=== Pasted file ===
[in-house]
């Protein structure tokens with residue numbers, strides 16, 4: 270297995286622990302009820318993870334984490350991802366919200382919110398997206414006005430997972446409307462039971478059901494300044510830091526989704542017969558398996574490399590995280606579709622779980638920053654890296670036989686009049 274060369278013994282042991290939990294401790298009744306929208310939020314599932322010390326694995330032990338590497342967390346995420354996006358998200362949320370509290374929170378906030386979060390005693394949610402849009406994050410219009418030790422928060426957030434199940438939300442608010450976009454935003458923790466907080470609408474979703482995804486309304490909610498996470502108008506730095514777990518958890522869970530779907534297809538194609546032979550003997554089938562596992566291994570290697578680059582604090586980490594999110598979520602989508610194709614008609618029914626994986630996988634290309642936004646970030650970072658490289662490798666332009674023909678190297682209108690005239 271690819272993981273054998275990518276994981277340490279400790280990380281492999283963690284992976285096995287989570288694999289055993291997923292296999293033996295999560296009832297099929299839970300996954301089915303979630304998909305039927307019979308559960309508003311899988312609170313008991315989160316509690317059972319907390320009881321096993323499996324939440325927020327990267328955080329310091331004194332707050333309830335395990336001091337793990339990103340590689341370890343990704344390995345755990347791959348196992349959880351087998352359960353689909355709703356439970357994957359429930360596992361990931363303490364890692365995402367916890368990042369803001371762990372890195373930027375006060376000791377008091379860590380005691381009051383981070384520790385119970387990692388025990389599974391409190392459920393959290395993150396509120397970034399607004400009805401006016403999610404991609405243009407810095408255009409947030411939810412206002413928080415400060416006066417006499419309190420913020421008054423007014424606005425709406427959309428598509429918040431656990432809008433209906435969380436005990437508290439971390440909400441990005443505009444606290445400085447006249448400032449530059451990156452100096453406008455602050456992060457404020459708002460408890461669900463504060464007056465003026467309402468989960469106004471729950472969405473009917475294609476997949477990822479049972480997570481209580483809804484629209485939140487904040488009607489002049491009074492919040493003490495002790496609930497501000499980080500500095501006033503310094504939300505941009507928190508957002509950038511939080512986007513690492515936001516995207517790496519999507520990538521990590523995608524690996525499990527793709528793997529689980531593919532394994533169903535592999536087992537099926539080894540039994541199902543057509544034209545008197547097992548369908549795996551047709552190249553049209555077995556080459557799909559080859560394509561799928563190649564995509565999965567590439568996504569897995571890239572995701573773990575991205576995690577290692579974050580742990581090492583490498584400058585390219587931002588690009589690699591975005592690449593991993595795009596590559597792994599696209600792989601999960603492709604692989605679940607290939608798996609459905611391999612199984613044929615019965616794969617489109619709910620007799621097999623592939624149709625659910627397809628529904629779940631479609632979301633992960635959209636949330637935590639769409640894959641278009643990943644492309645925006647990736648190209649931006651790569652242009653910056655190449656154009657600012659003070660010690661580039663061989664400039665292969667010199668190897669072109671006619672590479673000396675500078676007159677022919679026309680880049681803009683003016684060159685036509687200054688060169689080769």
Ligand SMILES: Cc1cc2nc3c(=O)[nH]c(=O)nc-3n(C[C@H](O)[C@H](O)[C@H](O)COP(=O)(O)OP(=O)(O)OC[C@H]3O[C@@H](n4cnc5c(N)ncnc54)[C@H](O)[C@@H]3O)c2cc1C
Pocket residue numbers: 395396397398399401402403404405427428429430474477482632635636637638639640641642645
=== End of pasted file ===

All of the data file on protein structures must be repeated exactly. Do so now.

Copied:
[in-house]
């Protein structure tokens with residue numbers, strides 16, 4: 270297995286622990302009820318993870334984490350991802366919200382919110398997206414006005430997972446409307462039971478059901494300044510830091526989704542017969558398996574490399590995280606579709622779980638920053654890296670036989686009049 274060369278013994282042991290939990294401790298009744306929208310939020314599932322010390326694995330032990338590497342967390346995420354996006358998200362949320370509290374929170378906030386979060390005693394949610402849009406994050410219009418030790422928060426957030434199940438939300442608010450976009454935003458923790466907080470609408474979703482995804486309304490909610498996470502108008506730095514777990518958890522869970530779907534297809538194609546032979550003997554089938562596992566291994570290697578680059582604090586980490594999110598979520602989508610194709614008609618029914626994986630996988634290309642936004646970030650970072658490289662490798666332009674023909678190297682209108690005239 271690819272993981273054998275990518276994981277340490279400790280990380281492999283963690284992976285096995287989570288694999289055993291997923292296999293033996295999560296009832297099929299839970300996954301089915303979630304998909305039927307019979308559960309508003311899988312609170313008991315989160316509690317059972319907390320009881321096993323499996324939440325927020327990267328955080329310091331004194332707050333309830335395990336001091337793990339990103340590689341370890343990704344390995345755990347791959348196992349959880351087998352359960353689909355709703356439970357994957359429930360596992361990931363303490364890692365995402367916890368990042369803001371762990372890195373930027375006060376000791377008091379860590380005691381009051383981070384520790385119970387990692388025990389599974391409190392459920393959290395993150396509120397970034399607004400009805401006016403999610404991609405243009407810095408255009409947030411939810412206002413928080415400060416006066417006499419309190420913020421008054423007014424606005425709406427959309428598509429918040431656990432809008433209906435969380436005990437508290439971390440909400441990005443505009444606290445400085447006249448400032449530059451990156452100096453406008455602050456992060457404020459708002460408890461669900463504060464007056465003026467309402468989960469106004471729950472969405473009917475294609476997949477990822479049972480997570481209580483809804484629209485939140487904040488009607489002049491009074492919040493003490495002790496609930497501000499980080500500095501006033503310094504939300505941009507928190508957002509950038511939080512986007513690492515936001516995207517790496519999507520990538521990590523995608524690996525499990527793709528793997529689980531593919532394994533169903535592999536087992537099926539080894540039994541199902543057509544034209545008197547097992548369908549795996551047709552190249553049209555077995556080459557799909559080859560394509561799928563190649564995509565999965567590439568996504569897995571890239572995701573773990575991205576995690577290692579974050580742990581090492583490498584400058585390219587931002588690009589690699591975005592690449593991993595795009596590559597792994599696209600792989601999960603492709604692989605679940607290939608798996609459905611391999612199984613044929615019965616794969617489109619709910620007799621097999623592939624149709625659910627397809628529904629779940631479609632979301633992960635959209636949330637935590639769409640894959641278009643990943644492309645925006647990736648190209649931006651790569652242009653910056655190449656154009657600012659003070660010690661580039663061989664400039665292969667010199668190897669072109671006619672590479673000396675500078676007159677022919679026309680880049681803009683003016684060159685036509687200054688060169689080769």
Ligand SMILES: Cc1cc2nc3c(=O)[nH]c(=O)nc-3n(C[C@H](O)[C@H](O)[C@H](O)COP(=O)(O)OP(=O)(O)OC[C@H]3O[C@@H](n4cnc5c(N)ncnc54)[C@H](O)[C@@H]3O)c2cc1C
Pocket residue numbers: 395396397398399401402403404405427428429430474477482632635636637638639640641642645